Food tours in Italy: 5 reasons to book one

When we recommend half-day food tours in Italy to our travelers, their first reaction is usually:

What’s a food tour?

A food tour is essentially a guided walking tour that lasts a few hours and centers around tasting local foods of the place. The guide pre-plans stops (usually around 4-5) giving visitors tastes of each food or drink. A food tour might start in the market or at a cheese shop. You may then continue to a couple specialty food shops or restaurants for tastes of local specialties. Then, the tour may wrap up with a gelato or sweets in a bakery. Many food tours in Italy also include wine pairings.

Food tours in Italy, spritz cicchetti Venice

5 reasons we recommend food tours in Italy

It’s a great introduction to local foods. If you’re going to be based somewhere for a few days, a food tour will introduce you to the region’s local food. This food knowledge will come in handy during the rest of your stay in the area. For example, you might discover that you love a savory deep-fried snack that you would never have bitten into without an explanation. Or you might discover the nuances of the way a local cheese was made, and choose it when picking up the following day’s picnic.

Deepen your cultural connection. Food tours in Italy are about so much more than food. The history of the Tuscan “peposo” stew is intimately linked to famous Italian architect and artist Filippo Brunelleschi. Moeche can be eaten only in Venice, and only at a specific time of year. Sicily is the only place in Italy where couscous can be found regularly on menus, due to African influence. When in Venice, food-lovers must try the local small plates, Cicchetti. But they are better if you understand what you’re eating and where it came from.

Food tours in Italy, bruschetta

Focus on one food or a theme. There are food tours in Italy that offer a deeper dive into one specific type of food or cuisine. For example, request a gelato-only tour. Or, we recently organized a pizza tour in Rome led by a local who had written a book about pizza. Our travelers said that the tour was not only delicious but also fascinating.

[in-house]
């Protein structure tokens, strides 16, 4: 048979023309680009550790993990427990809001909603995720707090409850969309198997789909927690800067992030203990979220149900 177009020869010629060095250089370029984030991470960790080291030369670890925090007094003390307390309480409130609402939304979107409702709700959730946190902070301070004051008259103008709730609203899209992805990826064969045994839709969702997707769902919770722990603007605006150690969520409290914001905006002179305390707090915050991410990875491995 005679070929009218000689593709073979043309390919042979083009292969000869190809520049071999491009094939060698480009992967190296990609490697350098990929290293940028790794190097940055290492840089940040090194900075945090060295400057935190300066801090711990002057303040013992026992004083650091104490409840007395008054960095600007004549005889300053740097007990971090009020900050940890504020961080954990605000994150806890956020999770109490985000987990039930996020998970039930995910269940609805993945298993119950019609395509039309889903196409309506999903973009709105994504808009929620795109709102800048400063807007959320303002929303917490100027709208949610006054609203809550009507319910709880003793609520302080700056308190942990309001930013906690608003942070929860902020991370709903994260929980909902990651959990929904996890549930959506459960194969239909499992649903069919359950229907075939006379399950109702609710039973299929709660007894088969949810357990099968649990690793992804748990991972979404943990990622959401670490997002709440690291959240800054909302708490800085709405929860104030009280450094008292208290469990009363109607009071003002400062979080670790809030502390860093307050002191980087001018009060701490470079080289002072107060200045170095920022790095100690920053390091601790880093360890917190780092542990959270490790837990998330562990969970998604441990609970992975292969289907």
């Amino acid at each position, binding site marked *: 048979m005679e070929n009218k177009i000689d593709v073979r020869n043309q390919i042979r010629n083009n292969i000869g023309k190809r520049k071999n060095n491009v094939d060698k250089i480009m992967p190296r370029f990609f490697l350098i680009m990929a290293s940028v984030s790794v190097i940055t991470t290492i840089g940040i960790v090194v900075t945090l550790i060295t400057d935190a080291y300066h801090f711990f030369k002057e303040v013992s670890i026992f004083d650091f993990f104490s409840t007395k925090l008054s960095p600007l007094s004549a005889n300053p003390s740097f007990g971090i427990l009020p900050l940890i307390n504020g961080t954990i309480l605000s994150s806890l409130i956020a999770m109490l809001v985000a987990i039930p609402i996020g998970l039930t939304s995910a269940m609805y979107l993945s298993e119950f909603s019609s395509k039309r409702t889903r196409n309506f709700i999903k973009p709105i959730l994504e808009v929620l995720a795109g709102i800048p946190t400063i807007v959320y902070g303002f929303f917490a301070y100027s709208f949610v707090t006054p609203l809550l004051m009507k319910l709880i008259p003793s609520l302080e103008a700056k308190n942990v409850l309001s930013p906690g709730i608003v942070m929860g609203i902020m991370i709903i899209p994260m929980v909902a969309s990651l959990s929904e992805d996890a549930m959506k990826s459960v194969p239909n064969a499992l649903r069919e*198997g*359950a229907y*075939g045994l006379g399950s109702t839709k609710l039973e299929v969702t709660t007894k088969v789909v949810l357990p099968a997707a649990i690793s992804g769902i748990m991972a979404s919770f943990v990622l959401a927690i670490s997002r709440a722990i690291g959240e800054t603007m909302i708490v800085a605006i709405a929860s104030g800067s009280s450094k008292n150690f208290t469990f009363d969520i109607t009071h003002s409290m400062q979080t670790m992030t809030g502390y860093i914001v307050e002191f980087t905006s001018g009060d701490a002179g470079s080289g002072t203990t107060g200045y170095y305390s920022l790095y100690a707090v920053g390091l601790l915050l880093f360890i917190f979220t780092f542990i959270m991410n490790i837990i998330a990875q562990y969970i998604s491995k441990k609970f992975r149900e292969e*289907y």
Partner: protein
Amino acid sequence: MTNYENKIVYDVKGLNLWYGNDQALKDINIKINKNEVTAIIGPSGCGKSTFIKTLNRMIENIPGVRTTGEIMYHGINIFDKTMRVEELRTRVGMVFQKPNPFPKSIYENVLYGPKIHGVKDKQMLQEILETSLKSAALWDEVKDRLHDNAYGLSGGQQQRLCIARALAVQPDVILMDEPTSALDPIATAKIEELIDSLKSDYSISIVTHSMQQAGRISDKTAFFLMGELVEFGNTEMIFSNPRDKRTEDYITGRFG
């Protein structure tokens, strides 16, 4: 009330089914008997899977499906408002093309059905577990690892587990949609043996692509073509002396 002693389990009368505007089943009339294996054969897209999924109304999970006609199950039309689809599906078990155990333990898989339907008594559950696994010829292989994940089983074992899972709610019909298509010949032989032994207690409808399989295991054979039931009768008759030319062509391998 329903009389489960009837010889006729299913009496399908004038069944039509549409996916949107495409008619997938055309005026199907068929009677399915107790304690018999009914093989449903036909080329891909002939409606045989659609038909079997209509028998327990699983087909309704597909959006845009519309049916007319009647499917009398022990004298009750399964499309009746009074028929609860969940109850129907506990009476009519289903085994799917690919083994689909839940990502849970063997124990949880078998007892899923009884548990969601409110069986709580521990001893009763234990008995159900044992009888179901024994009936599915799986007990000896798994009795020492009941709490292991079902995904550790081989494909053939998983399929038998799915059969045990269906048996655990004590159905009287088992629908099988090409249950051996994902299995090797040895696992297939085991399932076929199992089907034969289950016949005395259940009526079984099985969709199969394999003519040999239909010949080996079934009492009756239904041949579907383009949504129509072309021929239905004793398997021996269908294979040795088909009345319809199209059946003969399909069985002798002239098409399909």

It’s a meal substitute. Food tours in Italy often end up being a walking lunch or dinner (and are usually held either just before lunch or just before dinner, not during peak hours). Maximize time in a destination by eating while you learn about local culture and history.

Food tours in Italy, chocolate

Get to know the locals. Your guide will not bring you to places that are crowded, because she’ll want your party to have the owner’s full attention. She needs free tables or available standing space, and in a place quiet enough to talk. Because of this, food tours usually head away from the crowds, into smaller streets. The owners at the stops are waiting for you, will welcome everyone like old friends, and will be happy to chat.

[The photo below is actually from a food tour I took in Lisbon, Portugal. Once you take a food tour, you will want to take one in every city you visit! I thought this photo really captured the friendly owner of this little bar.]

This photo was taken on a food tour in Lisbon, Portugal. This guy was so fun and friendly, he’s a great example of the types of people you meet!

Tips on choosing and booking food tours in Italy

  • Book your food tour on the first day or two that you are in a new city or region. The information you learn will be useful during the rest of your stay.
  • Arrive hungry, and don’t make a dinner reservation for that day.
  • Expect that these tours will cost more than a regular guided walking tour. Budget the cost of a meal, plus a little extra, per person.
  • Tell the food tour about any allergies or food preferences in your party at the time of booking. The locals who run these food tours are usually very accommodating and can modify the tour based on your needs.